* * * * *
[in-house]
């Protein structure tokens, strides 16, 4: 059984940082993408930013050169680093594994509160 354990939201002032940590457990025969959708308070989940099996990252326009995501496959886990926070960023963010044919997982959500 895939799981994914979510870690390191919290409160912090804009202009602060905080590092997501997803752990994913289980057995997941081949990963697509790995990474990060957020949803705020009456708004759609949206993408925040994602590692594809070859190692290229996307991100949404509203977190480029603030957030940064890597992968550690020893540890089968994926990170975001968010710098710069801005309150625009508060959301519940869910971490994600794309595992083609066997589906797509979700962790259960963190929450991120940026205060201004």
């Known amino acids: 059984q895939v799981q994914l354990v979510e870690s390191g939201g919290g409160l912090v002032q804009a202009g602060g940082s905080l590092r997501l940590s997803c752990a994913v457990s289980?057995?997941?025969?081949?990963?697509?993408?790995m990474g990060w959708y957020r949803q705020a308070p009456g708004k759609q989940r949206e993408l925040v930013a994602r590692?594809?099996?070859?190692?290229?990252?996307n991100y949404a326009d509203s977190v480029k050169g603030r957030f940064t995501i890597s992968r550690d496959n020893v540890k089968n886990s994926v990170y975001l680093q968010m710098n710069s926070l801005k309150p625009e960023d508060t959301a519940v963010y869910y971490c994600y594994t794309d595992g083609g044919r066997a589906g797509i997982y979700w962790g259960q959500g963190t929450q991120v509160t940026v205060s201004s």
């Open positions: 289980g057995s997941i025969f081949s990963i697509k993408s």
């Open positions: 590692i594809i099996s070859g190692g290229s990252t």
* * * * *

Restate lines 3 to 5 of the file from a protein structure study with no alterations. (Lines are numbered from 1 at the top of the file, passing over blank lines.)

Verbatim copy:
């Known amino acids: 059984q895939v799981q994914l354990v979510e870690s390191g939201g919290g409160l912090v002032q804009a202009g602060g940082s905080l590092r997501l940590s997803c752990a994913v457990s289980?057995?997941?025969?081949?990963?697509?993408?790995m990474g990060w959708y957020r949803q705020a308070p009456g708004k759609q989940r949206e993408l925040v930013a994602r590692?594809?099996?070859?190692?290229?990252?996307n991100y949404a326009d509203s977190v480029k050169g603030r957030f940064t995501i890597s992968r550690d496959n020893v540890k089968n886990s994926v990170y975001l680093q968010m710098n710069s926070l801005k309150p625009e960023d508060t959301a519940v963010y869910y971490c994600y594994t794309d595992g083609g044919r066997a589906g797509i997982y979700w962790g259960q959500g963190t929450q991120v509160t940026v205060s201004s």
């Open positions: 289980g057995s997941i025969f081949s990963i697509k993408s």
């Open positions: 590692i594809i099996s070859g190692g290229s990252t």